feels good in the moment, but it is not always the best thing in the long run. Sometimes, an authentic response is better for you and for the person you're trying to connect with. In today's culture, we are expected to empathize with things we don't really agree with. Empathy has become synonymous with “good.” The habit of automatic empathy is rarely questioned because it makes you look "bad." So I was pleased to find a fellow blogger questioning it, and we decided to write a joint blog on the subject.
Romanian Psychologist Lucia Grosaru described to me the crisis mentality in Bucharest as a result of recent small earthquakes. “You hear a lot of anxiety, but the earthquake risk is the same as it has always been,” Ms. Grosaru explains. This interested me because I am a resident of the earthquake-prone San Francisco Bay Area, and I too dislike jumping on anxiety bandwagons. So I asked Ms. Grosaru to elaborate. She said we are not obliged to empathize with other people’s expressions of anxiety. I asked her how that would work, since people are easily offended if we dismiss their feelings. Here is her advice for responding to what she calls "The Unreasonable Empathy request." Below is my view of why empathy is addictive, and a summary of Ms. Grosaru’s advice.
The official definition of empathy is that you are not obliged to agree with someone's feelings, but simply to make an effort to understand them. But what if you make an effort and simply do not agree? We are often expected to agree anyway. That dilemma is our focus.
Like a drug, empathy gives you an immediate high, and by the time you see the long-term consequences you are hooked.
Empathy is like a drug because it stimulates your natural "happy" chemicals. You stimulate oxytocin, the “bonding hormone,” when you say “we are all in this together.” You stimulate dopamine, the brain’s predictor of rewards, when you say, “we will beat this dragon.” You stimulate serotonin by raising your stature as a "good" person. These good feelings wire the brain to seek more of whatever triggered them. Thus we seek more empathy.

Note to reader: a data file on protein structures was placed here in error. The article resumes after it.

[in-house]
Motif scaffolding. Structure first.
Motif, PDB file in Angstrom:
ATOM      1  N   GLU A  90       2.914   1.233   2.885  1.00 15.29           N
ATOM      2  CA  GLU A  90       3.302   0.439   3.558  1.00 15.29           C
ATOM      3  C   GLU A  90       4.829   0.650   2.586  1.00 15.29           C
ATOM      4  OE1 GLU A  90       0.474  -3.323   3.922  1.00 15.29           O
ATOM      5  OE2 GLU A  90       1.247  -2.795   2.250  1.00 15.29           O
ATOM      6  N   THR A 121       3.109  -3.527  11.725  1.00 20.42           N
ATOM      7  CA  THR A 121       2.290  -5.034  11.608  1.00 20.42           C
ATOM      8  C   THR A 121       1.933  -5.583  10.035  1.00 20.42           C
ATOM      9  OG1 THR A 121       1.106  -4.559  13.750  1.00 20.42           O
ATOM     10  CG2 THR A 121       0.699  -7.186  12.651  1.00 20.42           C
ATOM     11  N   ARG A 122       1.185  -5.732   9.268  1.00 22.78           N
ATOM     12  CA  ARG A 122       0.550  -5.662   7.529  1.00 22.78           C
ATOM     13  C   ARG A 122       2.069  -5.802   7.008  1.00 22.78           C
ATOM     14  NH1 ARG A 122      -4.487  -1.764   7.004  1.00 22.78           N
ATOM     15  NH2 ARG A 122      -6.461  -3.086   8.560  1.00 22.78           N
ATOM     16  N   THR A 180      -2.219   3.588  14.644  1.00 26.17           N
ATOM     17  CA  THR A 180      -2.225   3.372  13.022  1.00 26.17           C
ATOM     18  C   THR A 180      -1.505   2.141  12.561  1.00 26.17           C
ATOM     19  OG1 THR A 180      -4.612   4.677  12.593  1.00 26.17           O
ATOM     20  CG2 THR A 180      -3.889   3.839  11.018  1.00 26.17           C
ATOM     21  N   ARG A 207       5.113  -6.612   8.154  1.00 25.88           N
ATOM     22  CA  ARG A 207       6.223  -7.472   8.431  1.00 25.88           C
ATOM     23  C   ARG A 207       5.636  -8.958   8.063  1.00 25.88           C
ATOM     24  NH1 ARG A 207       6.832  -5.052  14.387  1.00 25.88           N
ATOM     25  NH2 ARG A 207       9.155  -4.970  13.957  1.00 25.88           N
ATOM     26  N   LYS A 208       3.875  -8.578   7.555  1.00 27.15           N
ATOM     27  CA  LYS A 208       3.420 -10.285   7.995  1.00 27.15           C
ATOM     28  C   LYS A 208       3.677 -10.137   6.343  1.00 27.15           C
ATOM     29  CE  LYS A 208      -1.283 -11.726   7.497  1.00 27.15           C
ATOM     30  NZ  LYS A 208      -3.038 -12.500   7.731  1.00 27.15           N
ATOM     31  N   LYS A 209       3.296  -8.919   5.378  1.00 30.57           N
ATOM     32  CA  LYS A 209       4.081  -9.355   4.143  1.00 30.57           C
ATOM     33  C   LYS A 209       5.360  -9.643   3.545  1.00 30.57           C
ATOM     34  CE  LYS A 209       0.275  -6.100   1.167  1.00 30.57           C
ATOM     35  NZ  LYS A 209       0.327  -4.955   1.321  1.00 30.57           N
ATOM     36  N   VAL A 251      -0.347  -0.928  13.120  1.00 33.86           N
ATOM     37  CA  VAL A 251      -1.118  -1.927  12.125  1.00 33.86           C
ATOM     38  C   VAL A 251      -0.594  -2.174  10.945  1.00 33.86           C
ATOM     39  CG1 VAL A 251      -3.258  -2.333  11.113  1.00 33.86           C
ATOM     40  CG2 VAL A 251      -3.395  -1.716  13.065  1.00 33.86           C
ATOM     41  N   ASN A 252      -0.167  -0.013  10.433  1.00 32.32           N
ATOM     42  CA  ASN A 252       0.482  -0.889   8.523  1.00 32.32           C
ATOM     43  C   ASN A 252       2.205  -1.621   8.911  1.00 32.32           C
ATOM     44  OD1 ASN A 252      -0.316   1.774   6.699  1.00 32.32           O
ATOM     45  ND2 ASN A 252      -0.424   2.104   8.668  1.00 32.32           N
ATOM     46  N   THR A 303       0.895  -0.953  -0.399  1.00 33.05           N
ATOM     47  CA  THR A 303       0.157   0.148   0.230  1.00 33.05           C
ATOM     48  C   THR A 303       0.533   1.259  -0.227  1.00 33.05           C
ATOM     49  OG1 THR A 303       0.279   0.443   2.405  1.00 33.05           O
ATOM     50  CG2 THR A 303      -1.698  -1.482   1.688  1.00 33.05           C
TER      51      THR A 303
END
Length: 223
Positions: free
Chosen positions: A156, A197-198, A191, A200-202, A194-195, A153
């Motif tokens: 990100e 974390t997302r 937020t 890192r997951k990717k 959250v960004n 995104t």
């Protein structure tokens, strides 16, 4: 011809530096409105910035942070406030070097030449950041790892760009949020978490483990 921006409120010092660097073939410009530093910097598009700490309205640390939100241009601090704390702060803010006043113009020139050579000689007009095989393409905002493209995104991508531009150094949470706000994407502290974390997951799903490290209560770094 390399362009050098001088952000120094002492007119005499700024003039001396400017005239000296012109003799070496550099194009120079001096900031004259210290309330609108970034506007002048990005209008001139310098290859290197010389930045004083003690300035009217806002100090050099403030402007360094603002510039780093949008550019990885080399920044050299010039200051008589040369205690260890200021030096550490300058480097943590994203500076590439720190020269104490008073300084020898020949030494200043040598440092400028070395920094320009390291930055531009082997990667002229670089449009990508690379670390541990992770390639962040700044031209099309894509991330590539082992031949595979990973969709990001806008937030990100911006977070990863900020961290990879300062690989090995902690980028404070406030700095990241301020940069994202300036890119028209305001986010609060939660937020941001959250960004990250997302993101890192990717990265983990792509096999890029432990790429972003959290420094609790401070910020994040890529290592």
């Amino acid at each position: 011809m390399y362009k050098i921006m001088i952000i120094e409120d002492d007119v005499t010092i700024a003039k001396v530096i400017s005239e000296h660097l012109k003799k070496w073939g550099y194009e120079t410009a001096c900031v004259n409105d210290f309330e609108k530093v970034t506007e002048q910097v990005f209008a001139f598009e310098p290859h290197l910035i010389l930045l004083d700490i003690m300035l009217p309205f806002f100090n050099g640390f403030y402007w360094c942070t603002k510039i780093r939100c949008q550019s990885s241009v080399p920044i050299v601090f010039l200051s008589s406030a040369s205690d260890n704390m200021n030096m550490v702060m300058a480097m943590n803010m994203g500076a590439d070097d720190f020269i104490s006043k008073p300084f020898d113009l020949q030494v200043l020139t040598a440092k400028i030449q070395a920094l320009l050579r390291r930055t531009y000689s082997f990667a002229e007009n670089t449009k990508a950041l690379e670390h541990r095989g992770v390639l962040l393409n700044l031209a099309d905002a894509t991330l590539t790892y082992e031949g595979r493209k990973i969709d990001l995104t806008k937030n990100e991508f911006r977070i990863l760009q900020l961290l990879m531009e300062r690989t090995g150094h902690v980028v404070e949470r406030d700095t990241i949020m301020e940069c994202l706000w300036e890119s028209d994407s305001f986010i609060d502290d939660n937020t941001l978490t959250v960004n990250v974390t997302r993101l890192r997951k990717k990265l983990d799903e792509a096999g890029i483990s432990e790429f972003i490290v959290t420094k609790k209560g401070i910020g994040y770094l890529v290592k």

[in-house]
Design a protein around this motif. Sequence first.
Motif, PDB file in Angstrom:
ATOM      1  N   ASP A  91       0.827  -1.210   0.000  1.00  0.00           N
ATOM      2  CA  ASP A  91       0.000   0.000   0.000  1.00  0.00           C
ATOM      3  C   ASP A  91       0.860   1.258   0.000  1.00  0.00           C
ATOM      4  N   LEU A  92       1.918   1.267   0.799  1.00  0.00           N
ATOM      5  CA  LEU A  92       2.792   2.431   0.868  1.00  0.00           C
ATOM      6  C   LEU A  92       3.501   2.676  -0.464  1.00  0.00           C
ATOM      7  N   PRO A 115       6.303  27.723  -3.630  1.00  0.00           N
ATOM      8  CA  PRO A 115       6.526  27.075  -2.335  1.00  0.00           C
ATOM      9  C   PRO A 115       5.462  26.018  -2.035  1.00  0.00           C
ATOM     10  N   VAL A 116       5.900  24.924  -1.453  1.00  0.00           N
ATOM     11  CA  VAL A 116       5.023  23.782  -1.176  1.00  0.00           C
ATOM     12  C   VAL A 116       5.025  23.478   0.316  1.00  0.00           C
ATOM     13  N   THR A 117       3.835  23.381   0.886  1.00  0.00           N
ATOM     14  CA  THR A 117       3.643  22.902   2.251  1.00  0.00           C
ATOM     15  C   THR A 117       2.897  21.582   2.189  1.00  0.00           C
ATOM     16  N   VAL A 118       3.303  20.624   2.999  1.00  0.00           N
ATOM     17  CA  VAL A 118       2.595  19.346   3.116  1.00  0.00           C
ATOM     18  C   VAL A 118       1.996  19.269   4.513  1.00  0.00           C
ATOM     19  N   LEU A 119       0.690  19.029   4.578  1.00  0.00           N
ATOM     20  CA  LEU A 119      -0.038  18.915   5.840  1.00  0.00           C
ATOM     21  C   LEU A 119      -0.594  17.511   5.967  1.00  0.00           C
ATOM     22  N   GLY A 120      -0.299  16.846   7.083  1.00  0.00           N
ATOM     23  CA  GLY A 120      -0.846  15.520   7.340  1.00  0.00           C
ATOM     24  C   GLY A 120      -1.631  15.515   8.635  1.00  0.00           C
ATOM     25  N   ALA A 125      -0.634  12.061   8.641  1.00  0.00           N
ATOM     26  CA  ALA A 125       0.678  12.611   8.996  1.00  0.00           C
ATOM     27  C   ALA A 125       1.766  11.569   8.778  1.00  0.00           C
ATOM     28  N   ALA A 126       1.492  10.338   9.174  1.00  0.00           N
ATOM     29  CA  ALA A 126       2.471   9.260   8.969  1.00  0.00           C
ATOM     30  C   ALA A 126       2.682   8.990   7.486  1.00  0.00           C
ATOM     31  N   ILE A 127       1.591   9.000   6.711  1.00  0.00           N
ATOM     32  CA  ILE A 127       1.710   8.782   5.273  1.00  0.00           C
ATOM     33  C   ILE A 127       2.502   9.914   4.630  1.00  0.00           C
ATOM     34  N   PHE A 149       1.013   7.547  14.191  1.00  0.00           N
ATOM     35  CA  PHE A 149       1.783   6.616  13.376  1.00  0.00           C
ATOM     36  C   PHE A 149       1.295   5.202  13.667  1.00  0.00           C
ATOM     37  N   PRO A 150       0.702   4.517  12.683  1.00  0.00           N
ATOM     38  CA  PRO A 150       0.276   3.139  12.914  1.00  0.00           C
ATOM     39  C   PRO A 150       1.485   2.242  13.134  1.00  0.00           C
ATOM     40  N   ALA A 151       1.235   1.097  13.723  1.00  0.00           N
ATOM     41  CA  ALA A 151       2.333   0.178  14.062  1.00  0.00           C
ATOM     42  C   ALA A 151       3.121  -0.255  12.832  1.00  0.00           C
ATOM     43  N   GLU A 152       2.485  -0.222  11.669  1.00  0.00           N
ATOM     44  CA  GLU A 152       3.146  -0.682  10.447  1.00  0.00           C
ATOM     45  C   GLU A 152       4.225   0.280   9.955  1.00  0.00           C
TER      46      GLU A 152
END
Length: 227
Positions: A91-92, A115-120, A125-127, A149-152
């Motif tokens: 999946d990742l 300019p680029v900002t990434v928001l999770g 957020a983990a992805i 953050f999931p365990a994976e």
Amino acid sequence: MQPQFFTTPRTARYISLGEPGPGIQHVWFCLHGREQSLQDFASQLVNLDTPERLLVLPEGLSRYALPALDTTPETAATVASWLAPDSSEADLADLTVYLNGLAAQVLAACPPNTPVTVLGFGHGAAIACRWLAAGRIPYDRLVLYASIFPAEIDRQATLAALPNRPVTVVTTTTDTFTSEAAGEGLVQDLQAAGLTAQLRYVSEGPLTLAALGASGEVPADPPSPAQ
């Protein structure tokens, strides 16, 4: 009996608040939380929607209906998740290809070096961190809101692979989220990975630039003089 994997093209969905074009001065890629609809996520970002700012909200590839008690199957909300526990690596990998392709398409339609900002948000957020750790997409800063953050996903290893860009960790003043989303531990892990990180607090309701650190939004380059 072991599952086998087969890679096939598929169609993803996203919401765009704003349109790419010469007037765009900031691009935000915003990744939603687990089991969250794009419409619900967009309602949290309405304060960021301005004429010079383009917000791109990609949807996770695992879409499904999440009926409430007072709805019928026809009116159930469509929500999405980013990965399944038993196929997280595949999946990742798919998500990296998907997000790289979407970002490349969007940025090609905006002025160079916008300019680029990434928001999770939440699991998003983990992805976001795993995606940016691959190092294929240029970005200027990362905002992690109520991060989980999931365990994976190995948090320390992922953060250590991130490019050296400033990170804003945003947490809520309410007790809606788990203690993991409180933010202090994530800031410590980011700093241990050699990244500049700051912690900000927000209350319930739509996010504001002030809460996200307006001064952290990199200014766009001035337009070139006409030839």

There's a fast, easy way to get it: negativity. Someone says things are going to hell in a handbasket, and others agree. Everyone feels good, and everyone gets to blame their frustrations on external forces. This builds a negativity habit as we reinforce each other in the belief that we are in a handbasket of one sort or another. As the habit builds, you can end up agreeing with things you know are wrong.
The alternative to this automatic empathy is hard to grasp because it violates social norms. You have to keep reminding yourself that you have a choice. You are not required to empathize with other people's anxiety. Sometimes they are better off knowing your true feelings, and the positive reasons you do not share their negativity. This is the subject of my new book, Beyond Cynical: Transcend Your Mammalian Negativity. But here are some simple steps suggested by a European therapist who writes on the psychology of American entertainment media.
How to manage the "unreasonable empathy request"
In that moment when someone appeals to you for empathy but you do not authentically agree, Ms. Grosaru’s suggests:
1. Acknowledge the appeal for help: “I want to help but I do not think that agreeing with you would be helpful.”
2. Provide a rational mirror: “I see this is troubling to you. I do not see it that way because...”
3. Clarify your goals: “My goal is to do what I see as useful, not to comply with every expectation others have of me.”
We are surrounded by the idea that we should not judge. But you lose your integrity if you express empathy for something you think is wrong. Empathy has value, but we need to make decisions about when it is valuable instead of automatically resorting to this feel-good fix. Empathy can tempt us to bond around negativity and rationalize our weaknesses instead of building our strengths. It's useful to have an alternative.